By Sage Birchwater
After piloting his first flight more than fifty years ago, legendary bush pilot, Gideon Schuetze, is hanging up his windsock, and calling it quits as a commercial aviator. His family company, Sharp Wings Aviation, has shut down and its last three remaining planes are for sale.
“We’re down to a Cessna 182, a Cessna 185 and a Cessna 206 from a fleet of ten aircraft in our hay day,” says Gideon who turns 81 this month.
Gideon was teaching school at Dog Creek Airport in 1959 when he first got the bug to become a pilot. He started taking flying lessons in April 1960 at Williams Lake airport when it was still on Western Avenue, and got his pilot’s license that June. He quickly discovered that taking to the air was the most invigorating thing he had ever done, and immediately convinced his older brother Dan Schuetze to get his pilot’s license as well.
It took Gideon a few years to switch careers from the classroom to the wide open skies. After leaving Dog Creek he taught for two years in Quatsino on Vancouver Island, then took a teaching job in Bella Coola Valley. All the while he had an eye on the sky.
During the summer of 1961 Gideon borrowed Dan’s gillnetter and caught so many salmon he nearly sank the boat. When the fisheries department closed the fishing season early, Gideon and Dan decided to peddle their salmon along Highway 20 to Williams Lake. After two successful fishing and selling expeditions they had enough money to buy their first airplane, a Taylorcraft on floats.
Gideon and Dan caught a ride to Langley to pick up the Taylorcraft and Gideon got his float endorsement. They took off for Bella Coola and fuelled up in Alert Bay. They were fighting a headwind all the way up the Coast, and it was getting dark by the time they got Dawson’s Landing in Rivers Inlet. They managed to land in the diminishing light and spent the night at Oweekeno.
While Gideon continued teaching, Dan started using the Taylorcraft to bring supplies to logging camps and resorts along the coast.
In those days BC Airlines ran a scheduled passenger service to Bella Coola using Mallard and Goose amphibious planes landing in the salt chuck next to Bella Coola in North Bentinck Arm. Flights were subject to weather conditions and high tides because there was no breakwater for protection, so the service wasn’t very dependable.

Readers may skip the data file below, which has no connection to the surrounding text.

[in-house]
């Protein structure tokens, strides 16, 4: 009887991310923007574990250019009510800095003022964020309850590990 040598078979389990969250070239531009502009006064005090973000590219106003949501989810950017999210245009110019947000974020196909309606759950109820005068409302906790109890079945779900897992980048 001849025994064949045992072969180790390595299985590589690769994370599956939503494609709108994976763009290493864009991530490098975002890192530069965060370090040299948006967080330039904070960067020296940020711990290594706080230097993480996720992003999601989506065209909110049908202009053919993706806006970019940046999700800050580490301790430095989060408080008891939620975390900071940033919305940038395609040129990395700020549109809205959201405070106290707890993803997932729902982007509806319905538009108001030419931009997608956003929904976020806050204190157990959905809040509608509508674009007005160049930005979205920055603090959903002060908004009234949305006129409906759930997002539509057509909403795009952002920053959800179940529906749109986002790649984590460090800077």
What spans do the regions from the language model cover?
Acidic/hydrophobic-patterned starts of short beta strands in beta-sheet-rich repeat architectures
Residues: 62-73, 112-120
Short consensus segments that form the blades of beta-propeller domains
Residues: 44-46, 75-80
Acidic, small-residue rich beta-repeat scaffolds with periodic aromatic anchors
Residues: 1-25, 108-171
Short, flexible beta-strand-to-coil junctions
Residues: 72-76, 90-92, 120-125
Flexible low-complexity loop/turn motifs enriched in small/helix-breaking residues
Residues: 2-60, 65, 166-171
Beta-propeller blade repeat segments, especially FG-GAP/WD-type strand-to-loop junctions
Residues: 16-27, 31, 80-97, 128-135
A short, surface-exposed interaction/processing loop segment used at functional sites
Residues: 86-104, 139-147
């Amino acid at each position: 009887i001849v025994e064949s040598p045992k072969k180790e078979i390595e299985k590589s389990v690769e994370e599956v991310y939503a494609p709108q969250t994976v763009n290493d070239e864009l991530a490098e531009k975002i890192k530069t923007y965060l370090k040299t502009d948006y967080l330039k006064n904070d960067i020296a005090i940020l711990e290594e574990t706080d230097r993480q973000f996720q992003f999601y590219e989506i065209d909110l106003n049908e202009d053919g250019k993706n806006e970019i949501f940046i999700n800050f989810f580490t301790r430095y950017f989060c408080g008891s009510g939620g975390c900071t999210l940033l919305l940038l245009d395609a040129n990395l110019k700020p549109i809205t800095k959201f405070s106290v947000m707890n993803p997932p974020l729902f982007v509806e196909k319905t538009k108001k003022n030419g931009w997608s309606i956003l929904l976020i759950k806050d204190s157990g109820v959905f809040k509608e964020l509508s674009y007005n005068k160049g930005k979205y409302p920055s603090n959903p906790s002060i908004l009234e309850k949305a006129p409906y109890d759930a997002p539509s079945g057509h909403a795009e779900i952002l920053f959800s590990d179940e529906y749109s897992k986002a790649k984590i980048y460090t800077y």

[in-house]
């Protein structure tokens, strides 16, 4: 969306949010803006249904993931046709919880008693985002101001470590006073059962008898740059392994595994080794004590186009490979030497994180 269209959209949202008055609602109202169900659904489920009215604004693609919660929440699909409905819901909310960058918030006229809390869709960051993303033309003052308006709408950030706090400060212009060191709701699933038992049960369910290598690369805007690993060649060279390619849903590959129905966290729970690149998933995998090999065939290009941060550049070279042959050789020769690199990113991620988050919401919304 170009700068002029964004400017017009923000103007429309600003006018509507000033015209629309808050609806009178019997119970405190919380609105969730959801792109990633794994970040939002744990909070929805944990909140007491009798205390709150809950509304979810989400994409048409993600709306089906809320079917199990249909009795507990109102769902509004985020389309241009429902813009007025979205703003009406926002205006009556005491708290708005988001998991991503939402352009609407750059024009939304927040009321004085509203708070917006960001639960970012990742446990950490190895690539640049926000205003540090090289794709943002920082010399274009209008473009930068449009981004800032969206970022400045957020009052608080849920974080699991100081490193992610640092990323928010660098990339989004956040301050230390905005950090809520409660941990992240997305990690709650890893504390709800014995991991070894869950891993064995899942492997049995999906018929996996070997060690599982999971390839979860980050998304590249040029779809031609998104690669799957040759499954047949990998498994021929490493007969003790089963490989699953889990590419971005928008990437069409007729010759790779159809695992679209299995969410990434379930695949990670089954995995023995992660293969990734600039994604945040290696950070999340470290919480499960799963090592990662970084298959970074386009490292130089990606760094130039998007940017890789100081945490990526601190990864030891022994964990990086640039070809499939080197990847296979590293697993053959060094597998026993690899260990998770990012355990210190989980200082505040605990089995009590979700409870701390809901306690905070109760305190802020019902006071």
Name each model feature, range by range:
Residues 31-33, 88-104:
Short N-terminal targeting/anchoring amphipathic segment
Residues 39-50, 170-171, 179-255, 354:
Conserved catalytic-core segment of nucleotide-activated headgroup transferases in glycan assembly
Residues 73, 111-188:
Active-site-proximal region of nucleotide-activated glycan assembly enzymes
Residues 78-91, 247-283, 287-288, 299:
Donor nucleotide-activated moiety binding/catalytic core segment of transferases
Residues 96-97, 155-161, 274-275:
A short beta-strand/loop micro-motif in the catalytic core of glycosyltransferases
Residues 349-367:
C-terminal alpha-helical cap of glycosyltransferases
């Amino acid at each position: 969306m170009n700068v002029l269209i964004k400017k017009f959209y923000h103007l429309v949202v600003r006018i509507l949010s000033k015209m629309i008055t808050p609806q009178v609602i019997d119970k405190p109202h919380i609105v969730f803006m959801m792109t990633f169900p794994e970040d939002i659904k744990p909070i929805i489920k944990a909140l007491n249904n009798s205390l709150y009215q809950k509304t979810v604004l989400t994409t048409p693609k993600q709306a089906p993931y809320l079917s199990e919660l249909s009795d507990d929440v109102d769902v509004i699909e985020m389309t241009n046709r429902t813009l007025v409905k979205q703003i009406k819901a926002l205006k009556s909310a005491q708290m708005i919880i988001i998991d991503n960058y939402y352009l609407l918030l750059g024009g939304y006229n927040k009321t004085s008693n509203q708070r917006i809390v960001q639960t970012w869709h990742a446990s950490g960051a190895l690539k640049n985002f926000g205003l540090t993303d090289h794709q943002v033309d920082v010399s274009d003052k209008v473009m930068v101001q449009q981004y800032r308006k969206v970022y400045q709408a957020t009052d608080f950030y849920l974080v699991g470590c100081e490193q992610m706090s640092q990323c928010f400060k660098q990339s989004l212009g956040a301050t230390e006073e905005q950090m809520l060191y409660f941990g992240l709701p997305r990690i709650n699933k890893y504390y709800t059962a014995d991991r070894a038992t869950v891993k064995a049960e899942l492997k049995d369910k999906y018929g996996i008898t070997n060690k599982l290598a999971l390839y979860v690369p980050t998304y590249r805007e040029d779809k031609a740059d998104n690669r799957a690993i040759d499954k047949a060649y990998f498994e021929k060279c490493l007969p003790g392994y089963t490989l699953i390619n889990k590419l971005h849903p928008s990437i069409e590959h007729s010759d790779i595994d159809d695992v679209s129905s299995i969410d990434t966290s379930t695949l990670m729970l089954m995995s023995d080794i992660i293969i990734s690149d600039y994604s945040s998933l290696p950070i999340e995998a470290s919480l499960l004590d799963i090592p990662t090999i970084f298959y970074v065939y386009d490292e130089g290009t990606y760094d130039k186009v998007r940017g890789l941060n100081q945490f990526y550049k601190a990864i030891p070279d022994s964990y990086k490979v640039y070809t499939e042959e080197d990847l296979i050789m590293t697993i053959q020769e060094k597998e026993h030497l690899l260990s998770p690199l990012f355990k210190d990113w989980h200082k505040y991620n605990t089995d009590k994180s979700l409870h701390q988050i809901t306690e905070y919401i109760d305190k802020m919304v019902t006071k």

Photo 1/6 -- Gideon Schuetze and Bill Filbee beside
Bella Coola Flying Club's Cessna 172
Photo 2/6 -- Plane landing in front of the float plane base on the Bella Cool River
Photo 3/6 -- First bella coola airstrip looking toward the tide flats
Photo 4/6 -- The Schuetze float plane base on the Bella Coola River
Photo 5/6 -- First Bella Coola airstrip next to the tide flats
Photo 6/6 -- Gideon Schuetze
Dan got his commercial pilot’s license in the summer of 1963, and the Schuetze brothers joined forces with former crop-duster pilot Dick Poet at Nimpo Lake and formed the company Wilderness Airlines Ltd.
In 1965 Dan built a float plane base in the Bella Coola River next to the townsite. This afforded the planes a more protected place to land and be tied up, and was closer to the community. Sadly Dick Poet died in a plane accident that fall at Fenton Lake in Tweedsmuir Park, so Gideon, Dan and a new partner, Darryl Smith, bought Dick Poet’s share of the company from his widow, Helen.
Because he was teaching school, it was difficult for Gideon to accumulate enough flying hours to get his commercial license. Undaunted, he helped organize a local flying club and all the members pitched in to purchase a Cessna 172 from Air West. This was made possible because Harold Frostrup built the first airstrip in Bella Coola between the float plane base and the tide flats, and it was finally possible to land a wheel plane in the valley.
“I caught a ride to Vancouver and flew the Cessna 172 to Powell River, then up to Bella Coola,” Gideon says. “I flew the 172 a few times to Penticton to visit my folks and managed to get enough hours to get my commercial license in 1967.”
Gideon and Dan bought out Darryl Smith in 1968 and Gideon quit teaching in 1969 to work full time with the company. That year they bought out Chilcotin Airways from Joe Jacobson in Williams Lake and Gideon moved with his family to Williams Lake to run the Cariboo end of Wilderness Airlines Ltd. By 1970 the company had grown to a fleet of ten aircraft operating out of bases at Bella Coola, Nimpo Lake and Williams Lake.
That’s when Gideon’s colourful bush pilot career spanning four decades really took off. Over that time he had countless adventures logging more than 42,000 hours in the air and introducing numerous people to flying.
He says he has many people to thank who have supported him over the years.
“Sharp Wings was a family business and the family wanted to be doing something different,” Gideon says. “I learned to fly without a radio, just smoke signals. The Taylorcraft, to start with, had no radio.”
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